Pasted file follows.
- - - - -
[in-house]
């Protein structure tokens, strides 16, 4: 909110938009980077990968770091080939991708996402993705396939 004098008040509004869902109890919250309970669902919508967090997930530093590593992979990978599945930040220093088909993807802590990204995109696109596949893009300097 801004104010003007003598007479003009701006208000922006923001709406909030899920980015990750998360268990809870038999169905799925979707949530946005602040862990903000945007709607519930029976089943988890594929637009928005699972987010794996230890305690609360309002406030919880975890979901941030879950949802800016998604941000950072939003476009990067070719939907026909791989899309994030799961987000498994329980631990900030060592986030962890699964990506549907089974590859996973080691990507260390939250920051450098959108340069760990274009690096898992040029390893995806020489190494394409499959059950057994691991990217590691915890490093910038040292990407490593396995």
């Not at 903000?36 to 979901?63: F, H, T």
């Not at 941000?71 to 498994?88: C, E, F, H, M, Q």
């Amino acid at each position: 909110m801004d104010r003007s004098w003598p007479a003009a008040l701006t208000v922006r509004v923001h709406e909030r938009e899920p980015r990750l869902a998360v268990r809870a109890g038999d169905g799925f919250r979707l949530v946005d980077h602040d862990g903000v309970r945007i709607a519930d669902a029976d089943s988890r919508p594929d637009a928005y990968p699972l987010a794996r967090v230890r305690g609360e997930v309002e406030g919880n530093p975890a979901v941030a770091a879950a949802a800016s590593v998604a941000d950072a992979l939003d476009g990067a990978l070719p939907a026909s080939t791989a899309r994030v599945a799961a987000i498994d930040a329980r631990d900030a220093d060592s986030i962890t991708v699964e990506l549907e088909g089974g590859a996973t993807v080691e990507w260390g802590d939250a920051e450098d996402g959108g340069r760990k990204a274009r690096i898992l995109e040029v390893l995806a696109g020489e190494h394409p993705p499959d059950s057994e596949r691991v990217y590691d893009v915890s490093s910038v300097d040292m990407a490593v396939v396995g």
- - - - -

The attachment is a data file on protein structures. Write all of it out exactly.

[in-house]
């Protein structure tokens, strides 16, 4: 909110938009980077990968770091080939991708996402993705396939 004098008040509004869902109890919250309970669902919508967090997930530093590593992979990978599945930040220093088909993807802590990204995109696109596949893009300097 801004104010003007003598007479003009701006208000922006923001709406909030899920980015990750998360268990809870038999169905799925979707949530946005602040862990903000945007709607519930029976089943988890594929637009928005699972987010794996230890305690609360309002406030919880975890979901941030879950949802800016998604941000950072939003476009990067070719939907026909791989899309994030799961987000498994329980631990900030060592986030962890699964990506549907089974590859996973080691990507260390939250920051450098959108340069760990274009690096898992040029390893995806020489190494394409499959059950057994691991990217590691915890490093910038040292990407490593396995």
């Not at 903000?36 to 979901?63: F, H, T």
């Not at 941000?71 to 498994?88: C, E, F, H, M, Q």
């Amino acid at each position: 909110m801004d104010r003007s004098w003598p007479a003009a008040l701006t208000v922006r509004v923001h709406e909030r938009e899920p980015r990750l869902a998360v268990r809870a109890g038999d169905g799925f919250r979707l949530v946005d980077h602040d862990g903000v309970r945007i709607a519930d669902a029976d089943s988890r919508p594929d637009a928005y990968p699972l987010a794996r967090v230890r305690g609360e997930v309002e406030g919880n530093p975890a979901v941030a770091a879950a949802a800016s590593v998604a941000d950072a992979l939003d476009g990067a990978l070719p939907a026909s080939t791989a899309r994030v599945a799961a987000i498994d930040a329980r631990d900030a220093d060592s986030i962890t991708v699964e990506l549907e088909g089974g590859a996973t993807v080691e990507w260390g802590d939250a920051e450098d996402g959108g340069r760990k990204a274009r690096i898992l995109e040029v390893l995806a696109g020489e190494h394409p993705p499959d059950s057994e596949r691991v990217y590691d893009v915890s490093s910038v300097d040292m990407a490593v396939v396995g």